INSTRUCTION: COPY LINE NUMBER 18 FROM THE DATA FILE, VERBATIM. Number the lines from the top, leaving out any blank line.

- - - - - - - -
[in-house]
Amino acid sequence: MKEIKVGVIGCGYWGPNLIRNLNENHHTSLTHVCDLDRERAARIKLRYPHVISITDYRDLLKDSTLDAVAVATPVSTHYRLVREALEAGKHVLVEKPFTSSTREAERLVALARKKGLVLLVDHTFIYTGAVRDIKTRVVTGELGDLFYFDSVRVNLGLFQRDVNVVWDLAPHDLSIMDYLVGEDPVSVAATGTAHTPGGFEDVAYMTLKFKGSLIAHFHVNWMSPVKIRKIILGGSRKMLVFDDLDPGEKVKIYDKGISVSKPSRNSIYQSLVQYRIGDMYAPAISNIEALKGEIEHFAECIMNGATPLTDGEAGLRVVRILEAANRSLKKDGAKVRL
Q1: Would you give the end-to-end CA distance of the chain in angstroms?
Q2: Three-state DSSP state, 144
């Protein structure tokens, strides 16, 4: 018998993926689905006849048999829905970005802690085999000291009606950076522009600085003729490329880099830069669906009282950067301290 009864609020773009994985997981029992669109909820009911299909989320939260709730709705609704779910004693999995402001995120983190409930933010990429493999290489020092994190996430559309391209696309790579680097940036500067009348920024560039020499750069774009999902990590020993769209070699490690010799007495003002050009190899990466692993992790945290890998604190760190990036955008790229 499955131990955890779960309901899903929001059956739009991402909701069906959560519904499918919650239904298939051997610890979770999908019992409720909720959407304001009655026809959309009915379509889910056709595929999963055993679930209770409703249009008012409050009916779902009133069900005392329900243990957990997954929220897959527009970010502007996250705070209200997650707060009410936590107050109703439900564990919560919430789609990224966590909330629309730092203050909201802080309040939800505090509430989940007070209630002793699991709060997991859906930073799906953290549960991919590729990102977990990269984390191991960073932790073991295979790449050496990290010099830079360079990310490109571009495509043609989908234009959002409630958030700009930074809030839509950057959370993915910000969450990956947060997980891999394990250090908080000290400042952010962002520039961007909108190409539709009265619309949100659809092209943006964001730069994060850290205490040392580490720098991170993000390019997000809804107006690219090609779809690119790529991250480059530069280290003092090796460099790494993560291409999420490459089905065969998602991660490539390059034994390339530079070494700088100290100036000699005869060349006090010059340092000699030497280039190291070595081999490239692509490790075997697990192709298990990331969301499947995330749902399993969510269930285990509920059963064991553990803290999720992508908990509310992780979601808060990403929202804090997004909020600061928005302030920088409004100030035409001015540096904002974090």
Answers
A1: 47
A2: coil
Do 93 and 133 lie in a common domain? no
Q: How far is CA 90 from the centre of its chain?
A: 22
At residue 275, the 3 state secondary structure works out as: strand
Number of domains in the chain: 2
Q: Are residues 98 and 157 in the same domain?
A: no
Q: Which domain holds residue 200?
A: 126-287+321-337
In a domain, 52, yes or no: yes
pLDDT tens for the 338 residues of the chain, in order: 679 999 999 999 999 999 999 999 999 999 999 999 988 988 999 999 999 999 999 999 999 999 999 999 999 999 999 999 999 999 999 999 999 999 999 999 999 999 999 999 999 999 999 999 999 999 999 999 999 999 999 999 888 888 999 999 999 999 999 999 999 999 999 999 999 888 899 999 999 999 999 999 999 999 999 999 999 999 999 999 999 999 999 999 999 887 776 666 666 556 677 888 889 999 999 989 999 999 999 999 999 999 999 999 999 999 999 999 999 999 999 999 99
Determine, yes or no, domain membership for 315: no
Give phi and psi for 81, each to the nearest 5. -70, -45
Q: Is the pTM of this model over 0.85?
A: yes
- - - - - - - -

In a domain, 52, yes or no: yes